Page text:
There are a few sentences you really don’t want to hear when you’re in a car. “Hey, what’s that red light blinking?” for instance. Or “shit, totally forgot to fill up,” “Why is there a police car with flashing lights behind us?” or “I think we’re being followed.”
But trust me “my stomach hurts” is a close contender.
“My stomach hurts,” Mark said shortly after exiting Floripa Centro.
In a perfect life, stomach hurts but two seconds later, your kid informs you that it’s all good now.
In our life, a stomach hurts and two second later you hear the noise you don’t want to hear, then you’re standing on the side of the road with a kid covered in puke, no change of clothes and no water to clean up. You get back in the car and find a plastic bag—just as well because apparently the stomach that hurts wasn’t fully empty. You make it to the nearest supermarket to wash up and assess both the kid and the car.
I should have seen it coming. The night before, I woke up to find Mark in the bathroom, throwing up in the toilet. For a split second, I pictured him ten years from now, sick after a first ill-advised night of underage drinking.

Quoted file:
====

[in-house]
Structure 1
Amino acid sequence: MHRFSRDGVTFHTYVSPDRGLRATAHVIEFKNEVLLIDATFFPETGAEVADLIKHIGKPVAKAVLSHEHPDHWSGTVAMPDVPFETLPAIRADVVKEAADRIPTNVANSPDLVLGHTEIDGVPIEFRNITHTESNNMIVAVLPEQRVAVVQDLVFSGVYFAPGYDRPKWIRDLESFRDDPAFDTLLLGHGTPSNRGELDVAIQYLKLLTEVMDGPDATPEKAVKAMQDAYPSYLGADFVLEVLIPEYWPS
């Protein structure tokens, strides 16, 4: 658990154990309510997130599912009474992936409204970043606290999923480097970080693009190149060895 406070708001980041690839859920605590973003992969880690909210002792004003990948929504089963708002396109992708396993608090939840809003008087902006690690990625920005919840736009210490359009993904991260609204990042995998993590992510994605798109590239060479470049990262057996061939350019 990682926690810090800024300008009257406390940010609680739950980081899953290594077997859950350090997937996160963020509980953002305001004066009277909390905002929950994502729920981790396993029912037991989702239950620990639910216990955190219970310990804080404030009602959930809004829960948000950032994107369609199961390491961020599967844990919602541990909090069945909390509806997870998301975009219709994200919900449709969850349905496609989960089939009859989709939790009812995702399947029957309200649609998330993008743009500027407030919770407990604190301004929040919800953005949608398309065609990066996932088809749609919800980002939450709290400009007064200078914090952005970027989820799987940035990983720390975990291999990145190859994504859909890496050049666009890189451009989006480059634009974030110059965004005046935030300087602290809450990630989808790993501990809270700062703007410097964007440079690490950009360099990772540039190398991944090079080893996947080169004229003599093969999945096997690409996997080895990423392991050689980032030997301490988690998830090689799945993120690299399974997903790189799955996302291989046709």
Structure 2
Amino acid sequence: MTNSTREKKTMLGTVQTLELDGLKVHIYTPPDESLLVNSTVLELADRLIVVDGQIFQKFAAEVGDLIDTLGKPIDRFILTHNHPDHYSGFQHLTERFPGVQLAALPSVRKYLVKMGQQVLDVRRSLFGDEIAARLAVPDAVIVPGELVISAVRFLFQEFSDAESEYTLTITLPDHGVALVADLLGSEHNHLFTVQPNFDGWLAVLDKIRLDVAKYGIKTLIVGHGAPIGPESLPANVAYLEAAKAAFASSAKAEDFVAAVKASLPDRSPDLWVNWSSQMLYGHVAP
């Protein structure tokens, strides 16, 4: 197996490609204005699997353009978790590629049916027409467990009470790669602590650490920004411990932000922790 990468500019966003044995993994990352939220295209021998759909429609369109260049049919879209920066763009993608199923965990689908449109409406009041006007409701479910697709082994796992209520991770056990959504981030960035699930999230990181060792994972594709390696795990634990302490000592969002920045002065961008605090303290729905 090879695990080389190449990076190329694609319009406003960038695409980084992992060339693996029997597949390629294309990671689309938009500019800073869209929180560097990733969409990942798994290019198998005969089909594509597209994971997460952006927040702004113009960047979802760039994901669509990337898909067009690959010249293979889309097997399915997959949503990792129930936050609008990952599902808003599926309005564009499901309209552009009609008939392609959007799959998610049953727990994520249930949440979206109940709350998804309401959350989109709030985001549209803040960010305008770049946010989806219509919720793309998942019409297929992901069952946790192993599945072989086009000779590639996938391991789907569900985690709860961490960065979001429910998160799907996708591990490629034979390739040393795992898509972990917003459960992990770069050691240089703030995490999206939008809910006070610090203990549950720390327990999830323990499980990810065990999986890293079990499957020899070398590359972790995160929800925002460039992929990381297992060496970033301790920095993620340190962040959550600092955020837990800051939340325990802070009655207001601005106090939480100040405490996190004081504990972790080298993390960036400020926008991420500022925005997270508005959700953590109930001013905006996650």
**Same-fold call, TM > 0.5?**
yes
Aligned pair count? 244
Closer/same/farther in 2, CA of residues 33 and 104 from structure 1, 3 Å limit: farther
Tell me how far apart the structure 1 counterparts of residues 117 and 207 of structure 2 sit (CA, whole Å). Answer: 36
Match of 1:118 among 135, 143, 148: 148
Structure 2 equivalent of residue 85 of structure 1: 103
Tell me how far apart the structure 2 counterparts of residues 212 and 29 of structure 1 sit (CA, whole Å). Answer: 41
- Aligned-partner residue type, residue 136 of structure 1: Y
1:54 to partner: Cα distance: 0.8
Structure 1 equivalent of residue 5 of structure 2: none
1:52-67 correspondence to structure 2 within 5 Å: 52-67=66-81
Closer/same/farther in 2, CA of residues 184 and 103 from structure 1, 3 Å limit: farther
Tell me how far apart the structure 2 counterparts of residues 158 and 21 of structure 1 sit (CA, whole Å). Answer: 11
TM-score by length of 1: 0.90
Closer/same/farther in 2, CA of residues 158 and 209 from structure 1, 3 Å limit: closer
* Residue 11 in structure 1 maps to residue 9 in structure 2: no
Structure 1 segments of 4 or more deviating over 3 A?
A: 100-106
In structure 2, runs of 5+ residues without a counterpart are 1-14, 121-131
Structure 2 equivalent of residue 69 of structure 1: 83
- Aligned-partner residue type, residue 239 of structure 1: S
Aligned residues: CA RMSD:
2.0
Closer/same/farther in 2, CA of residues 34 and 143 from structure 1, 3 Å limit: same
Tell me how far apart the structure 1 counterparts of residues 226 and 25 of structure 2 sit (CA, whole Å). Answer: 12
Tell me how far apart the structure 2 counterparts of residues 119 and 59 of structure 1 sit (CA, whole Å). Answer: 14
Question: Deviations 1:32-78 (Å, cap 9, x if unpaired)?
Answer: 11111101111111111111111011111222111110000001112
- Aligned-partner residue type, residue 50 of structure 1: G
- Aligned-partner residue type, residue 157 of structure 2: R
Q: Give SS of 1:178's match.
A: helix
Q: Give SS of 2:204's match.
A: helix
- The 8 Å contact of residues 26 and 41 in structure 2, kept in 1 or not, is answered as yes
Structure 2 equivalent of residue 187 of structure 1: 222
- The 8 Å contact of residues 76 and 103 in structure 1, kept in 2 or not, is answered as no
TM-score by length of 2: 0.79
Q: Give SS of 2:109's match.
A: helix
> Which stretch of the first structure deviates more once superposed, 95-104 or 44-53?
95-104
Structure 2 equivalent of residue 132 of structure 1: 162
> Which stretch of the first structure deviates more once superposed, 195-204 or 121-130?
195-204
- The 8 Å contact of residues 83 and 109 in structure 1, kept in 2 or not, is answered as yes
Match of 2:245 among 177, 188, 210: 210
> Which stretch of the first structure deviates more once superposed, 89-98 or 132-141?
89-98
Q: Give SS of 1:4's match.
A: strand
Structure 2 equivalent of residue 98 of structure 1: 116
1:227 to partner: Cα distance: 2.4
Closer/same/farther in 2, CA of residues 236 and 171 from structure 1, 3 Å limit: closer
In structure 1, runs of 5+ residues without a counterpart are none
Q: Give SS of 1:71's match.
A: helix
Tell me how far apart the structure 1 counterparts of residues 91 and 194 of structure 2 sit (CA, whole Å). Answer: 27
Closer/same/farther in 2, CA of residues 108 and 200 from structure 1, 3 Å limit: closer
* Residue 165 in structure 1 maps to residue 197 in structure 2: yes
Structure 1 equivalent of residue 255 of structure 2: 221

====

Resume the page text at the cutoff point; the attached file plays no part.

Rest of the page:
“Mark…? Are you okay? And thank you for making it to the toilet, by the way.”
No, really, thank you, Mark. Changing bed sheets at 5 a.m. would have been a chore.
“I ate too much, I think.”
Then he went back to sleep and everything was fine until the car moment the following day. We were on our way to the southern tip of the island. Feng is a great driver and Mark is never sick in the car but roads aren’t great, full of speed bumps and twists—even on a good day we all feel slightly dizzy by the time we get to the beach.
“Okay, what do we do?”
Mark seemed okay but the perspective of another incident made us go back to Florianópolis Centro. “No beach today… just rest.”
Just as well, we wanted to check out the bridge.
Oh, you didn’t hear about the bridge? Cause half of Brazil has.
Ponte Hercílio Luz—the longest suspension bridge in Brazil—links the Island of Santa Catarina to the mainland. This iconic bridge was closed in 1982, but it has just partially reopened to pedestrians on December 30, 2019.
Our hotel is right in front of Parque da Luz and the bridge, and the area is packed with locals and out-of-state tourists who come to check out the bridge and walk halfway across it—you still can’t reach the mainland, construction work is ongoing.
Unlike the name suggests, Parque da Luz used to be pretty dark and creepy—the kind of park where you can buy dope and, ahem, throw firecrackers to celebrate Chinese New Year. It’s now brightly lit with playgrounds, street food carts and grown-ups trying the tree swings. I’m pretty sure you can still buy dope but in the middle of the night only, when all the tourists are gone, judging by what I see from the hotel balcony…
So Mark rested, I walked around Florianópolis and we took a break from the beach.
We still have two more days on Island of Santa Catarina, no worries.